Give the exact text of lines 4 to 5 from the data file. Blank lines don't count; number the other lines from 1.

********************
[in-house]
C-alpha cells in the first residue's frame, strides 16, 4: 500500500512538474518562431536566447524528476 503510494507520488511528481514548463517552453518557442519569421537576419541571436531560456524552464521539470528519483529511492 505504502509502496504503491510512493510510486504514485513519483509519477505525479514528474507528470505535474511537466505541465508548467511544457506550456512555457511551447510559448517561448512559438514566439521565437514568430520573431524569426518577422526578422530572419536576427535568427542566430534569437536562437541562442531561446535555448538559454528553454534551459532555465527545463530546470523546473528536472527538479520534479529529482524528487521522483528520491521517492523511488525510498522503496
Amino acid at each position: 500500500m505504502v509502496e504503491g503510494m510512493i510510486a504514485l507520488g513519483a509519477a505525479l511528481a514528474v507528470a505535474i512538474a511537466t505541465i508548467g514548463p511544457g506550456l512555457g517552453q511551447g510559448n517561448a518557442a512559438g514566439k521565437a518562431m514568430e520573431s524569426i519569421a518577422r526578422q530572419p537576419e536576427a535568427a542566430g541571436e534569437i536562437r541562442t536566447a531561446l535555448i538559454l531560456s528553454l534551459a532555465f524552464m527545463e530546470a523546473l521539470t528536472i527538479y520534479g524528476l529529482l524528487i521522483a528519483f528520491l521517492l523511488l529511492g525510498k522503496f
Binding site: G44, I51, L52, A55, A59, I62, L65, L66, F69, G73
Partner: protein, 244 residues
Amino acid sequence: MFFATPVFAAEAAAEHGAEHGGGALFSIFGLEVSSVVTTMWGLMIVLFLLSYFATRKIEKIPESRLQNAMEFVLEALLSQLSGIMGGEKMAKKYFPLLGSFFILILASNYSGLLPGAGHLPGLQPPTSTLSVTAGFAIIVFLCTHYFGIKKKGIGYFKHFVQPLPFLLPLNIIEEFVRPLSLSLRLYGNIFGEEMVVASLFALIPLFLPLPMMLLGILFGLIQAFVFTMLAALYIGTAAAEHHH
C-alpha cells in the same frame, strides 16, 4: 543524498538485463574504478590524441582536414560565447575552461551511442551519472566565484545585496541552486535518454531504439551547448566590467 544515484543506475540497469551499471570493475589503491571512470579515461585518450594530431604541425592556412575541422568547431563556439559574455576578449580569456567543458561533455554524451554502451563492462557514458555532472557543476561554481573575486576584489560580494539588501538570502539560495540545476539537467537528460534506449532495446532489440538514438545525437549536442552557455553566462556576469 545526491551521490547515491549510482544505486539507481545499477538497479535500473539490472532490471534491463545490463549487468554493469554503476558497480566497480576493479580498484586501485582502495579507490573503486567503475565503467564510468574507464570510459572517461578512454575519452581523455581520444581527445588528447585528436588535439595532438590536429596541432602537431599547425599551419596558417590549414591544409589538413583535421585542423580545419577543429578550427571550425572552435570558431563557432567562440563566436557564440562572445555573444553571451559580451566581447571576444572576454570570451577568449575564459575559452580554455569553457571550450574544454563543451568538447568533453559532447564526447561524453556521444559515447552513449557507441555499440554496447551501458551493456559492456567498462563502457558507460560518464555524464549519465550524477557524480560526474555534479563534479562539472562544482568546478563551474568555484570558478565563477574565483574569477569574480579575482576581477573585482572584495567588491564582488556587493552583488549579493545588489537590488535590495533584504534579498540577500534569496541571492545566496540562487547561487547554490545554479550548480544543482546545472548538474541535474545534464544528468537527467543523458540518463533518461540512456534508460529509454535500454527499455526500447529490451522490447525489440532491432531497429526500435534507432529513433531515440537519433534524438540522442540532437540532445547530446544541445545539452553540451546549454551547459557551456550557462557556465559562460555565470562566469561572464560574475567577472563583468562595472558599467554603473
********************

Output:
Binding site: G44, I51, L52, A55, A59, I62, L65, L66, F69, G73
Partner: protein, 244 residues